We know there are trends for just about everything. What is a must have one week is a has been the next. It is often the same with fibers. One of the most low key, but very wonderful spinning wools comes from the Border Leicester sheep. While they may not headline the fair, their fiber should be celebrated.
The Border Leicester breed is descended from the longwool breeds of Leicestershire England. The rest of the lineage is a bit unresolved as far as which other breeds were introduced to create today’s Border Leicester. The breed was established in 1767 by George and Matthew Culley.
As we head out to the Pennsylvania State Farm Show each year, I am always on the lookout for good fiber. I have found so many new local sources each year, but my best discovery so far has been the fleece of the Border Leicester.
They have a slightly looser lock structure that permits you to get a more accurate feel for the finished yarn by simply petting the sheep than most other breeds. The staple length is quite long can be 6 to 10 inches with one year of growth. This makes the fleece easy to spin into a very fine yarn. However, it is fine enough that if it is spun loosely into a thicker yarn, you won’t end up with a creation that resembles twine. Another option if you find a breeder who will accommodate is to get a half year fleece. It is my experience that you should purchase two half year fleeces so the breeder is not stuck with a fleece that is an off-length.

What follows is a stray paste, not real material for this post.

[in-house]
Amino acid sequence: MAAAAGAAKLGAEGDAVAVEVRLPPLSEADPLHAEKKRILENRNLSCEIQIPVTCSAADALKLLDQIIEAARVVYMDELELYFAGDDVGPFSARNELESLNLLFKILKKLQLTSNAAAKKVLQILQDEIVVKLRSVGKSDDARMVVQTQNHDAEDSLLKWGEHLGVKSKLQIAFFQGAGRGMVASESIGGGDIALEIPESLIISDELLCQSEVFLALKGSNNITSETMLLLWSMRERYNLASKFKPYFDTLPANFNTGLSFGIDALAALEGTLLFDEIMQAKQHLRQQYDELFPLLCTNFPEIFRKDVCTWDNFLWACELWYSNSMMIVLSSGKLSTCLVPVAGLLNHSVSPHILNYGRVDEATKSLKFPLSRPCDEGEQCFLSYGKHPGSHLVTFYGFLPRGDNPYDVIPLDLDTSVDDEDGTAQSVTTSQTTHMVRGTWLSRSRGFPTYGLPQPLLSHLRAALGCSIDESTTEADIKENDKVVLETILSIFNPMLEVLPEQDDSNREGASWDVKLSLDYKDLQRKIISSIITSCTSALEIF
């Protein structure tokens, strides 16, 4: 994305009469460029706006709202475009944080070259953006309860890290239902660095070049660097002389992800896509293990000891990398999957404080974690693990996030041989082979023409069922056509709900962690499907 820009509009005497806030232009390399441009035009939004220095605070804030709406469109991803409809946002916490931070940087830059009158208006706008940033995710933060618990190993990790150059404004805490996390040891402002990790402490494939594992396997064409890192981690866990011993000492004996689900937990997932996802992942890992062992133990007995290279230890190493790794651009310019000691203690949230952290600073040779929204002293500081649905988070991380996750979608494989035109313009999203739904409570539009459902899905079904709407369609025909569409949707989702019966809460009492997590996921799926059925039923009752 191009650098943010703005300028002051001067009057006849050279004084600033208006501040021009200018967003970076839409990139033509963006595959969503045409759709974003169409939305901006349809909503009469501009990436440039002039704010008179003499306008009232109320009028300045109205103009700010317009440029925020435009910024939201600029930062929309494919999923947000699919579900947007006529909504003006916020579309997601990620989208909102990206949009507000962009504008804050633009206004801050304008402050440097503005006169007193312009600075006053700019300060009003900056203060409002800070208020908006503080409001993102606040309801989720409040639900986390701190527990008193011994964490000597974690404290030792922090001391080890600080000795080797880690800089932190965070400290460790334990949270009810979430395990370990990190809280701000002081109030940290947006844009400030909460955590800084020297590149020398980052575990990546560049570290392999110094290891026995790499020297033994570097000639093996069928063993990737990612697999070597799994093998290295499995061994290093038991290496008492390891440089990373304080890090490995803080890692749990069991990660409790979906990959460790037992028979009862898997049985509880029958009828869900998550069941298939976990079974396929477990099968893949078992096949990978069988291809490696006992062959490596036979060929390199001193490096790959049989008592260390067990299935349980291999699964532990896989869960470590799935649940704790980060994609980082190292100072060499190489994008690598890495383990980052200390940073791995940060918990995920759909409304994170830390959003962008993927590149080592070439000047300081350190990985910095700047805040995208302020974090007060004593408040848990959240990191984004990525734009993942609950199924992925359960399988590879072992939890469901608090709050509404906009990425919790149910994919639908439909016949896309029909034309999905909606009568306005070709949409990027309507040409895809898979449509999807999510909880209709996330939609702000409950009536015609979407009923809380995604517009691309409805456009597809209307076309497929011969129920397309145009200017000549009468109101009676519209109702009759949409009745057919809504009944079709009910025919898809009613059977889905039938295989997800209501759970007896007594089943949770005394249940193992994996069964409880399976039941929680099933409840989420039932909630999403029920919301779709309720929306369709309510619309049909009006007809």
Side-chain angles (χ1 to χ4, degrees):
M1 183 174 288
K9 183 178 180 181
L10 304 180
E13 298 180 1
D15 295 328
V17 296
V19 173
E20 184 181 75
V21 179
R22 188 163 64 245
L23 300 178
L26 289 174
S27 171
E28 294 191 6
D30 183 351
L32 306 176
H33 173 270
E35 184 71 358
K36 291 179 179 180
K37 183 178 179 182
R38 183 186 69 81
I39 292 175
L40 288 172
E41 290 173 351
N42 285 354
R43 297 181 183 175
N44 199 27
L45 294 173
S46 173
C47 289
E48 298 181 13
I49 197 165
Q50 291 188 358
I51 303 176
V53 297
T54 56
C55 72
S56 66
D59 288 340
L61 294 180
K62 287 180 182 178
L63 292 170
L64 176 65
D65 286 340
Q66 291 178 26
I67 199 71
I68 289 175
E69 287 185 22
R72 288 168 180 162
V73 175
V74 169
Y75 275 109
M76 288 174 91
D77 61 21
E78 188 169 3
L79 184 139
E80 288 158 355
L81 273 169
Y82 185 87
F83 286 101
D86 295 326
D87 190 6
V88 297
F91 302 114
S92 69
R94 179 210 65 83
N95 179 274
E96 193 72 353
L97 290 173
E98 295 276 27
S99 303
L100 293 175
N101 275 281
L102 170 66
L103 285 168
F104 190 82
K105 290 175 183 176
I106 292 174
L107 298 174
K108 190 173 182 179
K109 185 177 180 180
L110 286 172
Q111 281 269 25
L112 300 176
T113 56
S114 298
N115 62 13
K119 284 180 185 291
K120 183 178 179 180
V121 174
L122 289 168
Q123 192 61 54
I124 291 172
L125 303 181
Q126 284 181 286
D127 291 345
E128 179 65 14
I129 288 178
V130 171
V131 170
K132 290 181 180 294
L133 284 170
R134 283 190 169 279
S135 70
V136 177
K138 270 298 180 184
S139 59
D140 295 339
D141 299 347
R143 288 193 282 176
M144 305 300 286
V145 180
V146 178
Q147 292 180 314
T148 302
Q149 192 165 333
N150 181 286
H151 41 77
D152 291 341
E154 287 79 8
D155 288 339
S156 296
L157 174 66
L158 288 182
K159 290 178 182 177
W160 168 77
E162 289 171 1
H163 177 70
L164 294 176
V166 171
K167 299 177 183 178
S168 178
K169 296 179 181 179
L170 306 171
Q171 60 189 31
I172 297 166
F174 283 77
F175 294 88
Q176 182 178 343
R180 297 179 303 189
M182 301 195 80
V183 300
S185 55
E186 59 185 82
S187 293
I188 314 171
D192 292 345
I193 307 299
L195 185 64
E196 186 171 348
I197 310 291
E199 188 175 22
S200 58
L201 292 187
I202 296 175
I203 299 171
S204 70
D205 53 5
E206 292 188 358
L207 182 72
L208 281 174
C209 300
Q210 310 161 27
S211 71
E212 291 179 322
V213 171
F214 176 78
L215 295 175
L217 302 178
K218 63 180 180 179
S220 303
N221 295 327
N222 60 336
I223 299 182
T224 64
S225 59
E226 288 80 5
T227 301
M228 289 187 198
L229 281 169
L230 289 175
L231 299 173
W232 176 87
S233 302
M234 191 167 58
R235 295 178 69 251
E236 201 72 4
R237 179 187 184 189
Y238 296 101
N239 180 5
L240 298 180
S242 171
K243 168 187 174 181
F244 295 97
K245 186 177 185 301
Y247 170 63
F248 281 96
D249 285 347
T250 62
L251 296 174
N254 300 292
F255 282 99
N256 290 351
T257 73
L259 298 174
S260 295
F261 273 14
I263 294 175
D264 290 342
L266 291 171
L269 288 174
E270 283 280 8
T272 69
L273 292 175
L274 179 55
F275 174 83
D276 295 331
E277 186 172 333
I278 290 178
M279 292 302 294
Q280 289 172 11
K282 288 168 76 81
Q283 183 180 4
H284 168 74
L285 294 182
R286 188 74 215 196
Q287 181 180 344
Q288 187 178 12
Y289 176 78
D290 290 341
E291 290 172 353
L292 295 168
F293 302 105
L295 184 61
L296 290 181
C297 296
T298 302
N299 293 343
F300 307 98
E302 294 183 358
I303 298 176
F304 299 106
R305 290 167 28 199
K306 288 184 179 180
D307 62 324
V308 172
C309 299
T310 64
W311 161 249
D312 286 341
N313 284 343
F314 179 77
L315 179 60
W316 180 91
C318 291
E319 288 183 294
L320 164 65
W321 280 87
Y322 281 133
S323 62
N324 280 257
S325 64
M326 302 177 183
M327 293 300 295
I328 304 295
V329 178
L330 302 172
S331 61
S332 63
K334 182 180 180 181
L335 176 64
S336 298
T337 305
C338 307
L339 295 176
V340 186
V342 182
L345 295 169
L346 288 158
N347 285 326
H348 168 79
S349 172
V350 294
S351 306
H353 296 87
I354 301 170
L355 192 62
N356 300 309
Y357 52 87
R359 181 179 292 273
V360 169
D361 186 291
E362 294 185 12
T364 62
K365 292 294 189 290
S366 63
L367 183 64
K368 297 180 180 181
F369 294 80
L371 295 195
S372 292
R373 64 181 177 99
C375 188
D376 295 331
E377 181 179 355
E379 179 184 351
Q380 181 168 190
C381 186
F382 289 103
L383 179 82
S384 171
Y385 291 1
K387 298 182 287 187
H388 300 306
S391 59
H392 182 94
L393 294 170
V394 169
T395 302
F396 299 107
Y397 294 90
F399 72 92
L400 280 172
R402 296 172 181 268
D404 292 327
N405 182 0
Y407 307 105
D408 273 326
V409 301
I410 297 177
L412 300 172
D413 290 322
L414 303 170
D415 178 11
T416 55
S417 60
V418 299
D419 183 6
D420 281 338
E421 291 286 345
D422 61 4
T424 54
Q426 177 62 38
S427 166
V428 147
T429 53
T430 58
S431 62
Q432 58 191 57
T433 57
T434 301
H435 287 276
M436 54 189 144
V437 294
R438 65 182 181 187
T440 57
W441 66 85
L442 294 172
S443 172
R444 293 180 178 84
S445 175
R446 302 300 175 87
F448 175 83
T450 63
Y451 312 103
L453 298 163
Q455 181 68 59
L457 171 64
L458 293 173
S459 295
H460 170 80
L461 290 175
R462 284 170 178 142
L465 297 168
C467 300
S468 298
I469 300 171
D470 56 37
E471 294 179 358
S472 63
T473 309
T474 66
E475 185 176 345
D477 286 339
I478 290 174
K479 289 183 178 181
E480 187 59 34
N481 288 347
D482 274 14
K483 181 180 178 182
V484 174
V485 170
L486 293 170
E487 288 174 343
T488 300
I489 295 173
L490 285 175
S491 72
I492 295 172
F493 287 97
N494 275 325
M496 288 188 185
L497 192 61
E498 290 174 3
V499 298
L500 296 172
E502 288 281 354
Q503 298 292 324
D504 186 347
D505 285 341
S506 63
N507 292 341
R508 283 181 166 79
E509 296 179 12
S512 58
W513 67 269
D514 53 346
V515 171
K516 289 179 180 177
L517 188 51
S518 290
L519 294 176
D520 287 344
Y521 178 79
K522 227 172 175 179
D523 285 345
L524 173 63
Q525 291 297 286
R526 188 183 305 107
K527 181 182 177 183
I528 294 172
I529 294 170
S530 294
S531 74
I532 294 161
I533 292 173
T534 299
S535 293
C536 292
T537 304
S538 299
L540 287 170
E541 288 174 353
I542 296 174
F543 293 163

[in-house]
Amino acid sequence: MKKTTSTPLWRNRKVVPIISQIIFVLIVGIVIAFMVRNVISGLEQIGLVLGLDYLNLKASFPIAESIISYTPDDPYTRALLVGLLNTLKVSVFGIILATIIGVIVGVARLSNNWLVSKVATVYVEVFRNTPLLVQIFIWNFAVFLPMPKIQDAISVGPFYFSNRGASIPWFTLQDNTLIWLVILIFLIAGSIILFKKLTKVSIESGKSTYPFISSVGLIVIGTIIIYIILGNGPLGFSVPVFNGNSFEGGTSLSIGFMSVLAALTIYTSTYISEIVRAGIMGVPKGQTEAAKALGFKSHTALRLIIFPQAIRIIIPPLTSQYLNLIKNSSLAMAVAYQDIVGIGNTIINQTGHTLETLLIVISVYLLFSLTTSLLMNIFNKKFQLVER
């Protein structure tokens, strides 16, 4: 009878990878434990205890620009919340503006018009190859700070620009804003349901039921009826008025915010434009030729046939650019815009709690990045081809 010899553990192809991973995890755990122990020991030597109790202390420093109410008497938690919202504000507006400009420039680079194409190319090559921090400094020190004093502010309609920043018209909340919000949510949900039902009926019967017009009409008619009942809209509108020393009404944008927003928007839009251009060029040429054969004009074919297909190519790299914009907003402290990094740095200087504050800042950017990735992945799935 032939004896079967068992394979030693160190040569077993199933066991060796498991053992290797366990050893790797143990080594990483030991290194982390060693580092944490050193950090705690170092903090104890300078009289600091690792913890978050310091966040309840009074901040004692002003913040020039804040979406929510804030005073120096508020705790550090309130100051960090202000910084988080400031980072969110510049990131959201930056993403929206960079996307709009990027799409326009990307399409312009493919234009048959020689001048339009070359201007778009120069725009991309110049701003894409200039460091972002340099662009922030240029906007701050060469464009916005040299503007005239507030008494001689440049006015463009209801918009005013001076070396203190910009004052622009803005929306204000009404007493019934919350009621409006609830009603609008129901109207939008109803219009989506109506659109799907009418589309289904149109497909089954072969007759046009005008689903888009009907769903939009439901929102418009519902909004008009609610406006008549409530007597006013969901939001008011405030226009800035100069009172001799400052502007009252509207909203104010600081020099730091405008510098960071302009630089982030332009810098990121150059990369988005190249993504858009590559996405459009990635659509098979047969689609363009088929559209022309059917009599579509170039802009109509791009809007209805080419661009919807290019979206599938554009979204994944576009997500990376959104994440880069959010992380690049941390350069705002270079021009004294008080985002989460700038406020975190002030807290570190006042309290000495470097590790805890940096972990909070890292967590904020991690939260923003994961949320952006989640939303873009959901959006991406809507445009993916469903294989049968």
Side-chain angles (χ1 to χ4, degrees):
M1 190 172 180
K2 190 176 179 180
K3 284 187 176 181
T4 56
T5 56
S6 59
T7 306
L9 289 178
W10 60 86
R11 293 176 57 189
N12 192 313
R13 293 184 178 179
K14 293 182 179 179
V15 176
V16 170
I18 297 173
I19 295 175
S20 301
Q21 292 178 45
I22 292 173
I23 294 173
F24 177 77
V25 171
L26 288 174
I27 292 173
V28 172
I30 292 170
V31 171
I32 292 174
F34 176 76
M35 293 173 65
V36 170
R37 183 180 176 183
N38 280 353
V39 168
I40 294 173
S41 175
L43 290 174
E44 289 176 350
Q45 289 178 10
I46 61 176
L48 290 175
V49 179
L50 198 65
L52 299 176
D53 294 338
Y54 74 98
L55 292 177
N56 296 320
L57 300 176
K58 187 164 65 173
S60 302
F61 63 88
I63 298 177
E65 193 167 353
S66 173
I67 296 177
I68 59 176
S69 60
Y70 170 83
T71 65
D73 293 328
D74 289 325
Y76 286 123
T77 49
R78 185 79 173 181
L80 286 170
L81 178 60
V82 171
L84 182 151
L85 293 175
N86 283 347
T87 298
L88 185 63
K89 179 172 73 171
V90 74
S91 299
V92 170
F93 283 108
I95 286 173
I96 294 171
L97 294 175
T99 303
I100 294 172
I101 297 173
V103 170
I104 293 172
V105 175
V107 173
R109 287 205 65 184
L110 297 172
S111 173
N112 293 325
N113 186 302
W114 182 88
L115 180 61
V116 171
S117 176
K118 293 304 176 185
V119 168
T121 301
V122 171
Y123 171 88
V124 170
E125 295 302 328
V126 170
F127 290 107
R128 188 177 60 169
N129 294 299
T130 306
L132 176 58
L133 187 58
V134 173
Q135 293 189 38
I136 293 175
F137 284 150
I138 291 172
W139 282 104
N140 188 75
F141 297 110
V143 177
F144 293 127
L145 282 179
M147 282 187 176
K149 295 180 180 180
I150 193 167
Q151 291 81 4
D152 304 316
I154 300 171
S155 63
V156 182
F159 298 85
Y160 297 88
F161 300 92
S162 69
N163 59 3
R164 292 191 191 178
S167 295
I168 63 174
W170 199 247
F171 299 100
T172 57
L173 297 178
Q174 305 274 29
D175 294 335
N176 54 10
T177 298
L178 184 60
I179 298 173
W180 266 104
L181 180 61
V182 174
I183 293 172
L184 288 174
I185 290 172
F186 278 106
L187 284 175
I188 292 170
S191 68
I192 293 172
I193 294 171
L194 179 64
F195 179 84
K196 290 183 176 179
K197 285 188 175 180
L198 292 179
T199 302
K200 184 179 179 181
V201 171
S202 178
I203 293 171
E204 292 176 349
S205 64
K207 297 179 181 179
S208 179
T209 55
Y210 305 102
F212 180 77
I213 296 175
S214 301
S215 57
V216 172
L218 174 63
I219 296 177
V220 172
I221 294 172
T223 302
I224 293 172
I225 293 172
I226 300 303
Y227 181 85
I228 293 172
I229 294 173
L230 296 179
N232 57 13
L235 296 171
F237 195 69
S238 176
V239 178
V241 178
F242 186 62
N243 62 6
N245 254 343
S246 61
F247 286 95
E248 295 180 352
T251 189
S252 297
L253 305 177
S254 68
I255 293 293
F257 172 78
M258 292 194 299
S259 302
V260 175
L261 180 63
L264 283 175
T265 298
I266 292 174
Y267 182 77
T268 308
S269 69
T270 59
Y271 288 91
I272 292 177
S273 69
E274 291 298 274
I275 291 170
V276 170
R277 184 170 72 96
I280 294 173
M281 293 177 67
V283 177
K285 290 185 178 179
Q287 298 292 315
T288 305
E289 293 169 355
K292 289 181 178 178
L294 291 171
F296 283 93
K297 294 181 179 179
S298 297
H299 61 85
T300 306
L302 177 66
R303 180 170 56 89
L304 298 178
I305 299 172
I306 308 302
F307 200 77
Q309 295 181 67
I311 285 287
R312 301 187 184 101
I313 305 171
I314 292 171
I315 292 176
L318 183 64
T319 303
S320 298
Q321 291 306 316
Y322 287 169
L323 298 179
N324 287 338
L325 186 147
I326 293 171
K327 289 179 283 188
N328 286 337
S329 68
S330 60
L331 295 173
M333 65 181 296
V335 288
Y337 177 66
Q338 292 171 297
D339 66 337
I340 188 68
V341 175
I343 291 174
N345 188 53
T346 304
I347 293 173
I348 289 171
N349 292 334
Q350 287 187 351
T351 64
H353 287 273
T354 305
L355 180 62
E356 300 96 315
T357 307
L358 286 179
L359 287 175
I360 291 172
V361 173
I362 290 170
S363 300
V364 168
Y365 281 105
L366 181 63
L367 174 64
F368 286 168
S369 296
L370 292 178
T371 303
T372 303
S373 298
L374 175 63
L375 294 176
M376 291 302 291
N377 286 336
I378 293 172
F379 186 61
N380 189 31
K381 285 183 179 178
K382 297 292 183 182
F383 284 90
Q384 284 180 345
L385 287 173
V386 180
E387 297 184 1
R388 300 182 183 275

To spin the wool of the Border Leicester, wash the locks carefully to remove the grease and debris. I prefer to flick card the ends of the washed locks and spin from the shorn end. The fiber can also be milled into roving and spun. Either way, the natural luster of the wool makes for a very elegant finished garment.
From a shearing perspective, the Border Leicester is one of the few sheep breeds that I will consider shearing due to their not having wool on their heads and legs. They really look as though they are wearing wooly vests.
Why is the Border Leicester fleece such a bargain? The breed is kept for their meat producing ability as well as their fiber. Depending upon the focus of a particular farm, the price of the wool is lower because that is not the primary income generator for the farm. Nonetheless, Border Leicester is certainly a wool worth looking into.